I have taught courses in critical thinking under the guise of “logic” as well as under the guise of “introduction to philosophy.” One of the best textbooks on critical thinking was (and perhaps still is) Critical Thinking: Evaluating Claims and Arguments in Everyday Life, by Brooke Noel Moore and Richard Parker. I have the 2d edition. Searching the Internet, I found that there currently is an 12th edition [cost, about $190]. But more interesting is that someone in China has placed the 9th edition on the Internet as a pdf file. So, before the copy disappears for some reason or other, download it while you can.
In this post, I am recommending that you read Chapter 4: Credibility and Chapter 5: Persuasion Through Rhetoric. These two chapters could be called “Bullshitting (especially in the News and Advertising Media) by language, pictures, and movies.”
Calling something a “bullshit argument” is just a vulgar way of rejecting an argument. What is an argument? And what are the reasons for rejecting arguments?
An “argument” is a group of statements – two or more – of which one statement is allegedly supported by the other statement or statements. The allegedly supported statement is called the “conclusion” of the argument, and the allegedly supporting statement or statements are the “premise” or “premises” of the argument. I say “allegedly” because the conclusion may not, in fact, be supported by the premises. However, whether the premises do or do not support the conclusion, an argument exists because the premises are offered in support of the conclusion.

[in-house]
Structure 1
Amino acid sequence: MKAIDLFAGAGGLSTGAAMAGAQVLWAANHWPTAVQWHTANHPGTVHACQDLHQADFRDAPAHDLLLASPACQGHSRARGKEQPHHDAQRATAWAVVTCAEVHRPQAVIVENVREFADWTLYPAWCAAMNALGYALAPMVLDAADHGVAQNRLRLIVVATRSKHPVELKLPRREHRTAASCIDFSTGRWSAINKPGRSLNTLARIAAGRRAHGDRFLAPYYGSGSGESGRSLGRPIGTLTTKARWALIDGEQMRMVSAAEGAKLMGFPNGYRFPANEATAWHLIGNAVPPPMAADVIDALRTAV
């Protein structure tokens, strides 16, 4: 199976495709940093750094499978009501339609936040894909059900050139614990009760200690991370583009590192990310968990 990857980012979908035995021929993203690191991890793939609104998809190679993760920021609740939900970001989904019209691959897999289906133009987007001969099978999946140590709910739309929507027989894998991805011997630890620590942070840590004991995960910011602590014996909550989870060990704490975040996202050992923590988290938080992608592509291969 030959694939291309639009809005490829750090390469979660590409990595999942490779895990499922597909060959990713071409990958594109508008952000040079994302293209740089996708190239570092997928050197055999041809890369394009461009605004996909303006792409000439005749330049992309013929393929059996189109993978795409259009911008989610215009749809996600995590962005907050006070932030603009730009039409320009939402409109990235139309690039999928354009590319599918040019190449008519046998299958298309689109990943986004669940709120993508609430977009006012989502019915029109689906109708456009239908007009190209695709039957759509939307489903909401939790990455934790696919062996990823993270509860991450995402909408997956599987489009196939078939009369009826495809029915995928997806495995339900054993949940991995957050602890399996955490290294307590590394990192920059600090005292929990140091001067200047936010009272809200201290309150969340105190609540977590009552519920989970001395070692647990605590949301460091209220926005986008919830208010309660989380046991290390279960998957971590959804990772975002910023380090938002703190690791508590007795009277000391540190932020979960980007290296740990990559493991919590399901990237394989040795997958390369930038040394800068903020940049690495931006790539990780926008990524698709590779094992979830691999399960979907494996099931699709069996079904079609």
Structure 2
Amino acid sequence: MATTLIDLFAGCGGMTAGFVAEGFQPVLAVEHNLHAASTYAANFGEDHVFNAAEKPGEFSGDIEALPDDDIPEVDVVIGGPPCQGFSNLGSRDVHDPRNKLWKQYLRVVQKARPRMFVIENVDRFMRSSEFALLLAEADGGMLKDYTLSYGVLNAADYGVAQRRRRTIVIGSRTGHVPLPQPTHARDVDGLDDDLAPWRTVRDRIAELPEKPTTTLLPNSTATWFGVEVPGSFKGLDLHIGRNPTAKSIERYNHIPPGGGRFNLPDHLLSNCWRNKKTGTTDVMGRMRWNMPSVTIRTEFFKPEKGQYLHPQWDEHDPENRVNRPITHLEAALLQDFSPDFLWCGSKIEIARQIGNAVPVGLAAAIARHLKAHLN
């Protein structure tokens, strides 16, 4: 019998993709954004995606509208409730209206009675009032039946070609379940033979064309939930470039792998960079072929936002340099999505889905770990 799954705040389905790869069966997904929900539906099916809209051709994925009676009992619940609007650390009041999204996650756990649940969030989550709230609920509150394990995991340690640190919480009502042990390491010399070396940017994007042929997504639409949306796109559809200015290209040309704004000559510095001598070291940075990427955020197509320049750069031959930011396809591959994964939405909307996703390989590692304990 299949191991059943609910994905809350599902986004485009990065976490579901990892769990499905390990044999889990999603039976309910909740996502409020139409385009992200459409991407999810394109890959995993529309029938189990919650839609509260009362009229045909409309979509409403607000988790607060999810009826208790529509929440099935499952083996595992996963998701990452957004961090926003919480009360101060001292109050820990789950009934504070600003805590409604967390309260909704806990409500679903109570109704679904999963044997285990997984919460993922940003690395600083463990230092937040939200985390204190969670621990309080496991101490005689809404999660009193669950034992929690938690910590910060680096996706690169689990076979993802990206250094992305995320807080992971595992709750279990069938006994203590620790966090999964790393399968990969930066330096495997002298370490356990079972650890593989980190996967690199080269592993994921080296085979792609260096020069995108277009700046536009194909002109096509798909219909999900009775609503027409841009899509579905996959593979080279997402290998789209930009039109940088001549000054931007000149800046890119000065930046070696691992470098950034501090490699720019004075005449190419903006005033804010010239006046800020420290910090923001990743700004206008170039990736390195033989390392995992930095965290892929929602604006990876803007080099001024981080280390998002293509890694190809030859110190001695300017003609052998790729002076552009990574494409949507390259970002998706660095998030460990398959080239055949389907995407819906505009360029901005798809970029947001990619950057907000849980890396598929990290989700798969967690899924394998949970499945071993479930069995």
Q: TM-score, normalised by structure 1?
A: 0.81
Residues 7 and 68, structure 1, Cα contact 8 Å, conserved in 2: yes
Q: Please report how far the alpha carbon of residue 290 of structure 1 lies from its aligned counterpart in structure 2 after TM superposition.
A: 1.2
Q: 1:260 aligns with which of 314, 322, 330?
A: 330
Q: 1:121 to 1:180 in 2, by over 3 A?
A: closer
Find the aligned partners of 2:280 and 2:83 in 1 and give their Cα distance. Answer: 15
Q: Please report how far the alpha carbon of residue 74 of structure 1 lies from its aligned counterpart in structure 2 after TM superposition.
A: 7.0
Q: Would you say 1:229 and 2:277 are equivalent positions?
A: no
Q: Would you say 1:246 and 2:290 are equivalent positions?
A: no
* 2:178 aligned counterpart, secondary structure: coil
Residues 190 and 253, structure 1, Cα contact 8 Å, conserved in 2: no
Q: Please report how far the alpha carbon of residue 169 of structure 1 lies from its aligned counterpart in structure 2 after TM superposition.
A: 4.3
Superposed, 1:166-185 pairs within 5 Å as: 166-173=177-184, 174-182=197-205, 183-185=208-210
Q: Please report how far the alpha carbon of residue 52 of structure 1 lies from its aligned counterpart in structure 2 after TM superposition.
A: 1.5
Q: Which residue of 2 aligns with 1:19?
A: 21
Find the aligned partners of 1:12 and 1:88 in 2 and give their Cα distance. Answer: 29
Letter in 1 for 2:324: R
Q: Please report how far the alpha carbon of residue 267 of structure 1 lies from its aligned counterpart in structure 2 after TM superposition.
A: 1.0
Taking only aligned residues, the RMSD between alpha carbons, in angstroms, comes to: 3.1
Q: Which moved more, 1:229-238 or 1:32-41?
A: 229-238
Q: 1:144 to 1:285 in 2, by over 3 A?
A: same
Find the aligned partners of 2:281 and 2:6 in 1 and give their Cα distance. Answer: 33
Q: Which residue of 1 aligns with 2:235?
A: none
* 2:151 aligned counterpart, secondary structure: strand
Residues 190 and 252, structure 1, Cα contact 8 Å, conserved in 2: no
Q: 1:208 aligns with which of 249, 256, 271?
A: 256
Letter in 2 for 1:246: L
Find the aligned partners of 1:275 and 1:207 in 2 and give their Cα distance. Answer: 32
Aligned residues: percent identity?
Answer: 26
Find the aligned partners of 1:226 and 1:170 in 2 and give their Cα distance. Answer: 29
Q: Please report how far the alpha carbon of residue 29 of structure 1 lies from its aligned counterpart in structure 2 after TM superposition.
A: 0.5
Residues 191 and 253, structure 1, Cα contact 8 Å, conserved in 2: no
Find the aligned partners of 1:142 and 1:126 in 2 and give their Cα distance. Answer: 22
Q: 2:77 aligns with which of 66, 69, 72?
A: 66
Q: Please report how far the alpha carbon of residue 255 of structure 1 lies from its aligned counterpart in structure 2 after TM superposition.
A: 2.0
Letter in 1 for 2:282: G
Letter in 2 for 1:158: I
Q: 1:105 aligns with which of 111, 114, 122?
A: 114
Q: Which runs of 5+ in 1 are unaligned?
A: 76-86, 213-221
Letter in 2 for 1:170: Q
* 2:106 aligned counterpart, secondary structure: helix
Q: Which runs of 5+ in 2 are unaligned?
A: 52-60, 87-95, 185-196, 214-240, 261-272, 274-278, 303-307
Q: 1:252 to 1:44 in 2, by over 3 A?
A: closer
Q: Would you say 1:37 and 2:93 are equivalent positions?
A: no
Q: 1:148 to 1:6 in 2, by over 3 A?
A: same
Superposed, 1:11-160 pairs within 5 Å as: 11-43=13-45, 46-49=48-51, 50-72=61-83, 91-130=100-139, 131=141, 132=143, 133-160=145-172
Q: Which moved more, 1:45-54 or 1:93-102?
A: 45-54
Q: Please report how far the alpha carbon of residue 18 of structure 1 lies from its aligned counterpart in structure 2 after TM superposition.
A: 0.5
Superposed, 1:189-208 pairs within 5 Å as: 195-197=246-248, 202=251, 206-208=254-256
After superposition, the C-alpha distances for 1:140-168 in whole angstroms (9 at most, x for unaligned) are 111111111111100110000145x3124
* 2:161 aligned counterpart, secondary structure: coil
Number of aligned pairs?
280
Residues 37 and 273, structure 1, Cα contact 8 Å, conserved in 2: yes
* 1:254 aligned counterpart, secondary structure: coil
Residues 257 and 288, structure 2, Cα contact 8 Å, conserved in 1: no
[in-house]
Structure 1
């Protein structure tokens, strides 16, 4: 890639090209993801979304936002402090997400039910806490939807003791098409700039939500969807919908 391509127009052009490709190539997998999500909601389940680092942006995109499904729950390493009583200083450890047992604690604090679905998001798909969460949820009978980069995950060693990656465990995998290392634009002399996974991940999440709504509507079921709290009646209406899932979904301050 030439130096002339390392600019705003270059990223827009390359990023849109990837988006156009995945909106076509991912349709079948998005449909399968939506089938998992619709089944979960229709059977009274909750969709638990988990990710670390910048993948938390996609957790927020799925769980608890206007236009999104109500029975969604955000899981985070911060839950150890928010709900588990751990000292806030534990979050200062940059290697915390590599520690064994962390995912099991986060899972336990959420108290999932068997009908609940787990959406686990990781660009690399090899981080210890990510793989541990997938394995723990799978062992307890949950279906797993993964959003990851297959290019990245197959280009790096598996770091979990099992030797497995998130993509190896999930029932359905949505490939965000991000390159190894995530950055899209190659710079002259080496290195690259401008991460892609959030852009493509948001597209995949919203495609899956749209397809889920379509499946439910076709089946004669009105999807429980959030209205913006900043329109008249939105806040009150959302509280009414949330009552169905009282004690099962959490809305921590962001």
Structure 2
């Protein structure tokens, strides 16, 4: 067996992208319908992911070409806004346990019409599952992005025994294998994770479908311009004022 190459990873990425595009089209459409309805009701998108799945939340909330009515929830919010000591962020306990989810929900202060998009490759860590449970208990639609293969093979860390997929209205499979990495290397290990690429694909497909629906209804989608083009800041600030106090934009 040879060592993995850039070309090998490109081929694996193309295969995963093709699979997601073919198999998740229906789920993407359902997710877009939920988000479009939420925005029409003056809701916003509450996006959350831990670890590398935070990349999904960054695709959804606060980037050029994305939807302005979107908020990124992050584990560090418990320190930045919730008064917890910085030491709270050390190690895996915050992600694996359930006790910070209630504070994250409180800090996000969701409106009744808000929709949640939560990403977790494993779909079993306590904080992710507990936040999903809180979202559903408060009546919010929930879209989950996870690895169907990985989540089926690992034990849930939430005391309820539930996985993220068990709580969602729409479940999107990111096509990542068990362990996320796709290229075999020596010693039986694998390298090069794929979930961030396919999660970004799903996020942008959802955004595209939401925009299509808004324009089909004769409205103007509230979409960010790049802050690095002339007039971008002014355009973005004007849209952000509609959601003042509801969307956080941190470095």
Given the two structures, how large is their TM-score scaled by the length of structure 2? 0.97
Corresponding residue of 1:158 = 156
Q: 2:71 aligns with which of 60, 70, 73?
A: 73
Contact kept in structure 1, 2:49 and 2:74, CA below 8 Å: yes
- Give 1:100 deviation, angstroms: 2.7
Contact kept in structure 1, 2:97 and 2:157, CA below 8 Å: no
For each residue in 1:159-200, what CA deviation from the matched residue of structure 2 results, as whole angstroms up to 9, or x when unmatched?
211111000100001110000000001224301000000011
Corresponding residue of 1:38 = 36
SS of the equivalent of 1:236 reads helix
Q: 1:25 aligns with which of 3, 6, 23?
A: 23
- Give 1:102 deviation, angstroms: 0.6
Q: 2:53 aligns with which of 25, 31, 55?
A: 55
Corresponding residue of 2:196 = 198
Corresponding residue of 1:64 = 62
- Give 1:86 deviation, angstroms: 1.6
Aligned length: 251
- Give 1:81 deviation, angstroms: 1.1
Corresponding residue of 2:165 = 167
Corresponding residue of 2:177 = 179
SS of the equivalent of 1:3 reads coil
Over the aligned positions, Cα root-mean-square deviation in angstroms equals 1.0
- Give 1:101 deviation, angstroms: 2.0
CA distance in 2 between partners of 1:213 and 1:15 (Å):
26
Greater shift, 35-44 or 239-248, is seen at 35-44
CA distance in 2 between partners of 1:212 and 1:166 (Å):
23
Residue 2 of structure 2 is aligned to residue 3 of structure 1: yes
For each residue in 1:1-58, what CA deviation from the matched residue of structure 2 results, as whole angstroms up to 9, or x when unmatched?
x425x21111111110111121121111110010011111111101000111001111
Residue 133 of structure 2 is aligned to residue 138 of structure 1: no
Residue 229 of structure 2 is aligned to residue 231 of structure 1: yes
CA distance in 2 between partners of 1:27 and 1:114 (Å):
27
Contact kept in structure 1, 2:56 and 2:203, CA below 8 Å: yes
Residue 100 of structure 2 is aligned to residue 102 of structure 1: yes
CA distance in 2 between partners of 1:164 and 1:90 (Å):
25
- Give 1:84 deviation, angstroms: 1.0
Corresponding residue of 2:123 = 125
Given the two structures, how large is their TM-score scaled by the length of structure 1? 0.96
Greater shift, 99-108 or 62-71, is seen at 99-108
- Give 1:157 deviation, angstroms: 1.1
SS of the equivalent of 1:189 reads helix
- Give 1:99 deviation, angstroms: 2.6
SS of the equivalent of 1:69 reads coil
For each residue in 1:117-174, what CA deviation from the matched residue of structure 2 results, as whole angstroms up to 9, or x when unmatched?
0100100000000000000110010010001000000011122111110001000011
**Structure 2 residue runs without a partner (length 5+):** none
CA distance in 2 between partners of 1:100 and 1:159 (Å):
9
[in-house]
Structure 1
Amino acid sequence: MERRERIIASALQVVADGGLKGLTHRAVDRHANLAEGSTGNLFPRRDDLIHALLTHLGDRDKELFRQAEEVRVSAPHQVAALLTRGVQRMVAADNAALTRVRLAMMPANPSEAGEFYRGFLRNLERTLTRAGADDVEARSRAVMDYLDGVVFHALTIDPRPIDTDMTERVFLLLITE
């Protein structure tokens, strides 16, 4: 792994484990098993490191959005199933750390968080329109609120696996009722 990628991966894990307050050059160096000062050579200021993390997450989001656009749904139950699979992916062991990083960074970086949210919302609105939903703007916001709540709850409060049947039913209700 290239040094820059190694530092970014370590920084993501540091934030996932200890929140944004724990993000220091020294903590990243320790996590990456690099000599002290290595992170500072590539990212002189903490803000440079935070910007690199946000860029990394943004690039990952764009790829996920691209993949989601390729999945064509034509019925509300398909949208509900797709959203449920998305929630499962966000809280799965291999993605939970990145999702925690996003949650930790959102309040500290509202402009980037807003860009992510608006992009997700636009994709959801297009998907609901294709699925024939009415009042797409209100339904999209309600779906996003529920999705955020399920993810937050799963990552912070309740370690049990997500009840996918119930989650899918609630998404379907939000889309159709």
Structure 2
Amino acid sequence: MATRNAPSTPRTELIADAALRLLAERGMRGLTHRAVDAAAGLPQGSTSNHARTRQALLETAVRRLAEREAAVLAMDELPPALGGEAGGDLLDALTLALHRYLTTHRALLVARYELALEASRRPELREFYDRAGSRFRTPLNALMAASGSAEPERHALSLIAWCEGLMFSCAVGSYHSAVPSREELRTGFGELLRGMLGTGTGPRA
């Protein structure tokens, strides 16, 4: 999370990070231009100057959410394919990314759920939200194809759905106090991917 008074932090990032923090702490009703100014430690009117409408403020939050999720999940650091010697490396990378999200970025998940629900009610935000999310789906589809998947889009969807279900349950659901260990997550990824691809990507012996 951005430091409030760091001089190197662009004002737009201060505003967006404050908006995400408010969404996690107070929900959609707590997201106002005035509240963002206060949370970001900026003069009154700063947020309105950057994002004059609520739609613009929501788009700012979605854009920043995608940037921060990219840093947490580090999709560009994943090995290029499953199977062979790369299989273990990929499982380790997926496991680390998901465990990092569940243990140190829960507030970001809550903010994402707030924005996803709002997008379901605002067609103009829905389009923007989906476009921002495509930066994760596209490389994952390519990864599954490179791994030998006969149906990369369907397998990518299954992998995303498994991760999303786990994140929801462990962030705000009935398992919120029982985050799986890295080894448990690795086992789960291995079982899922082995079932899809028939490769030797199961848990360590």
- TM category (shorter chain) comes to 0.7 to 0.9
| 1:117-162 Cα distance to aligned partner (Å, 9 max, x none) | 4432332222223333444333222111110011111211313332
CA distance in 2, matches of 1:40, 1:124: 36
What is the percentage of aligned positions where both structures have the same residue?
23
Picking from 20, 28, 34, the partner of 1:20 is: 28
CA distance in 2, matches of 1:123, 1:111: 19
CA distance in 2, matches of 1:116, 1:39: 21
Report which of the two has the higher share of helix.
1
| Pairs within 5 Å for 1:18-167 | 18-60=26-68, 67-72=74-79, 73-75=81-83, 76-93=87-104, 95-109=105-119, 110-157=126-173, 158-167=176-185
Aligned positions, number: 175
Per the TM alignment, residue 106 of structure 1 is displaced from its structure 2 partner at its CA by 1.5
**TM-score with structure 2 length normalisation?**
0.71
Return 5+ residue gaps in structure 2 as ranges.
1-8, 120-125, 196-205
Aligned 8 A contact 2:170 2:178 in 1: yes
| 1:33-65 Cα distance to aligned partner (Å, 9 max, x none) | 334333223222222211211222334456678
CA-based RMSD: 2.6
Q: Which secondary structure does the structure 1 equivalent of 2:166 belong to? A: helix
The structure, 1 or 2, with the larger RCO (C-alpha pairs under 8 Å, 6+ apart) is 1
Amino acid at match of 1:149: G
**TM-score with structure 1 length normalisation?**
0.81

If the premises do not, in fact, support the conclusion, we can say that the argument is a bad argument, i.e., a bullshit argument.
Logic is the discipline which studies the nature and the goodness of arguments. There are very many good textbooks on logic, and I have nothing to add to what they cover.
However, in logic books written by philosophers, there are sections which are called “fallacies” which present a problem. The problem is this. On the one hand, a fallacy is simply a bad argument. In that case saying that the argument is unsound or uncogent should end the matter. [A deductive argument which is invalid or has a false premise is unsound. An inductive argument which is weak or has a false premise is uncogent.] But, on the other hand, various utterances are called fallacies which aren’t even arguments. So, it seems that under the category of “fallacies” is subsumed something other than arguments, and this needs explanation.
An excellent explanation was given by C. I. Hamblin in his book Fallacies. The gist of his explanation is that we have to understand fallacies from the standpoint of formal debates as practiced in antiquity and in the middle ages. Fallacies, from this perspective, are the fouls which can occur in formal debates.
An interesting collection of fallacies is found in W. Ward Fearnside and William B. Holther, Fallacy: A Counterfeit of Argument, 1959.
Gordon Pennycook, James Allan Cheyne, Nathaniel Barr, Derek J. Koehler,
Jonathan A. Fugelsang. “On the reception and detection of pseudo-profound bullshit,” Judgment and Decision Making, Vol. 10, No. 6, November 2015, pp. 549–563